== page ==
Martinez struggled most of spring training, however, leading to concerns that maybe he had just lost his swing overnight. Still, he’s just 33, so it seemed a little early for that to happen. Cora pointed out Martinez finally got going late in camp, especially driving the ball to right field – like he did on Sunday. Cora sent another message to Martinez in spring training, playing him quite a bit in the outfield instead of just using him as the designated hitter. While Martinez has started just one game in the outfield so far, it was perhaps a signal from Cora to remind Martinez to stay in shape.

Still, it’s hard not to ignore the psychological comfort of being able go into the dugout or clubhouse between at-bats to check the iPad. Few hitters in the game study their swing as studiously as Martinez — remember, he completely reconstructed his swing earlier in his career and was in the middle of that process when the Astros released him in spring training of 2014. Martinez signed with Detroit and has since had four 36-homer seasons, five .300 seasons and four 100-RBI seasons. And one big chip on his shoulder.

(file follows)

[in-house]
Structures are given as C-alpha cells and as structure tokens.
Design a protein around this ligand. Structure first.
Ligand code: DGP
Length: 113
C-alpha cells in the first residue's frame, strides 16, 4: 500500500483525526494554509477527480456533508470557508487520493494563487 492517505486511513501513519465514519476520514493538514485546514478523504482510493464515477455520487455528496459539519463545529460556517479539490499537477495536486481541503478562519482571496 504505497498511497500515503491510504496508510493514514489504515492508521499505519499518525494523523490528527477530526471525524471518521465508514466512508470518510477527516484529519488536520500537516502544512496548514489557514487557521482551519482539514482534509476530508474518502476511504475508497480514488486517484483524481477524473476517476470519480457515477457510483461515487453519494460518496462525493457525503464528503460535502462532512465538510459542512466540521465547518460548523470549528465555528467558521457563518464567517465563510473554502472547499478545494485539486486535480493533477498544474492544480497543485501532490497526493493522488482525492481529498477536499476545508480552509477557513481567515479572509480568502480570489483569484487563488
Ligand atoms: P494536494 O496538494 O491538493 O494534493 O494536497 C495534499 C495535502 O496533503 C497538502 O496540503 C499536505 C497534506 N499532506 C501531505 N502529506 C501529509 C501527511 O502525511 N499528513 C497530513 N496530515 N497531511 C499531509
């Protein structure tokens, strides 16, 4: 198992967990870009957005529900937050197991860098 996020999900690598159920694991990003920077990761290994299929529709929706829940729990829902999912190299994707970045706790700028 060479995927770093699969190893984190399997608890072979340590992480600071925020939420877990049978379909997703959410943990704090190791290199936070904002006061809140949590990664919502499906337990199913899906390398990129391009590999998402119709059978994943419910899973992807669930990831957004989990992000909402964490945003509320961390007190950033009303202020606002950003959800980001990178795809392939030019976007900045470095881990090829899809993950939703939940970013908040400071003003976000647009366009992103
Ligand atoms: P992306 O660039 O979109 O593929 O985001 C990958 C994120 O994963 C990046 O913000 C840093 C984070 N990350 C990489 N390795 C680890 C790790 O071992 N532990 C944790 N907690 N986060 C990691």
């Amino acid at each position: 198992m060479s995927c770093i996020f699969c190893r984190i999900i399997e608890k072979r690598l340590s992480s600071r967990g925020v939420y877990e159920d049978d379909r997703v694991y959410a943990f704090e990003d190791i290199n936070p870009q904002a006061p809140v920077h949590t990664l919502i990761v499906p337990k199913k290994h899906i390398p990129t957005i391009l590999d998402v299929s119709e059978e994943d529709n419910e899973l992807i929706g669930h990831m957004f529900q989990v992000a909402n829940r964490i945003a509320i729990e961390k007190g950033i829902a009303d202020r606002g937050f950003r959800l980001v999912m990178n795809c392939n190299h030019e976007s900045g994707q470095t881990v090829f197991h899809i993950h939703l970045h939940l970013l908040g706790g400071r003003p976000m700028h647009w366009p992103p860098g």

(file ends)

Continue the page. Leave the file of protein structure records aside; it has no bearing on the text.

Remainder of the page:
As for the Red Sox, their six-game win streak includes two extra-inning wins (12 innings over the Rays and 10 innings over the Orioles on Saturday) and they’ve hit a robust .332 with 53 runs those six games. Rafael Devers has homered in three straight games, Xander Bogaerts is hitting .375 and Christian Vazquez is off to a hot start. For this Red Sox lineup to click like it has in past seasons, though, it needs Martinez to thump.

What remains to be seen is how good the pitching will be. Playing six of nine games against the Orioles doesn’t really tell us much. This week’s series against the Twins and White Sox will be a much tougher test. Nick Pivetta, who won Sunday’s game with four runs over six innings, is a key member in the rotation. For now, the Red Sox are in first place – it’s early, of course, but that’s a much better place to be after starting 3-9 and 6-13 in 2019 (and never really recovering) and then 6-18 in 2020.



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Philadelphia Phillies reliever Archie Bradley on IL with oblique injury

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Philadelphia Phillies reliever Archie Bradley was placed on the 10-day injured list with an oblique injury, the team announced Sunday.